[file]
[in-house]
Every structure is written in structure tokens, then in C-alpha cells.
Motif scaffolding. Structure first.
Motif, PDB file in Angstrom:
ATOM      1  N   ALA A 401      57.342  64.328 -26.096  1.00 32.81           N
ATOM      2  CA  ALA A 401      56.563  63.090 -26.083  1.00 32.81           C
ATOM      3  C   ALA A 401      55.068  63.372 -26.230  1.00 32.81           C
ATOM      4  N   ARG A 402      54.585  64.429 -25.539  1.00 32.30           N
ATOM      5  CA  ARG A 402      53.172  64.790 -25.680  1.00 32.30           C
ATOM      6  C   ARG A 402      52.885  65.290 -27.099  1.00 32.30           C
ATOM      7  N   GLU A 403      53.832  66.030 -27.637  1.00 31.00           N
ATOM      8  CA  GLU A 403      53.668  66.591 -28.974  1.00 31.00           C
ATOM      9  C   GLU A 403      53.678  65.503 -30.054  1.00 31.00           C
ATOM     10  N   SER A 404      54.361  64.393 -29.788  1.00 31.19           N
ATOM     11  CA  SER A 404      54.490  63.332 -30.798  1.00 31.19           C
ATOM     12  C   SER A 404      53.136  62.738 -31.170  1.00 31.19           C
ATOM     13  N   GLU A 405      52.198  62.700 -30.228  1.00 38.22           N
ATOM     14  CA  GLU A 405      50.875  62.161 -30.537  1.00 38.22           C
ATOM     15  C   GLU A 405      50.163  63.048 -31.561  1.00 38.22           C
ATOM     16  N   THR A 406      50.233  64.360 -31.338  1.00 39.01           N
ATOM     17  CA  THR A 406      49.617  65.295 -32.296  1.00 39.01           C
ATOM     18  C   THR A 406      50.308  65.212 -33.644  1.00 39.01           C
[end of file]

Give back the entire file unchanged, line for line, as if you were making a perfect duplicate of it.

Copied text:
[in-house]
Every structure is written in structure tokens, then in C-alpha cells.
Motif scaffolding. Structure first.
Motif, PDB file in Angstrom:
ATOM      1  N   ALA A 401      57.342  64.328 -26.096  1.00 32.81           N
ATOM      2  CA  ALA A 401      56.563  63.090 -26.083  1.00 32.81           C
ATOM      3  C   ALA A 401      55.068  63.372 -26.230  1.00 32.81           C
ATOM      4  N   ARG A 402      54.585  64.429 -25.539  1.00 32.30           N
ATOM      5  CA  ARG A 402      53.172  64.790 -25.680  1.00 32.30           C
ATOM      6  C   ARG A 402      52.885  65.290 -27.099  1.00 32.30           C
ATOM      7  N   GLU A 403      53.832  66.030 -27.637  1.00 31.00           N
ATOM      8  CA  GLU A 403      53.668  66.591 -28.974  1.00 31.00           C
ATOM      9  C   GLU A 403      53.678  65.503 -30.054  1.00 31.00           C
ATOM     10  N   SER A 404      54.361  64.393 -29.788  1.00 31.19           N
ATOM     11  CA  SER A 404      54.490  63.332 -30.798  1.00 31.19           C
ATOM     12  C   SER A 404      53.136  62.738 -31.170  1.00 31.19           C
ATOM     13  N   GLU A 405      52.198  62.700 -30.228  1.00 38.22           N
ATOM     14  CA  GLU A 405      50.875  62.161 -30.537  1.00 38.22           C
ATOM     15  C   GLU A 405      50.163  63.048 -31.561  1.00 38.22           C
ATOM     16  N   THR A 406      50.233  64.360 -31.338  1.00 39.01           N
ATOM     17  CA  THR A 406      49.617  65.295 -32.296  1.00 39.01           C
ATOM     18  C   THR A 406      50.308  65.212 -33.644  1.00 39.01           C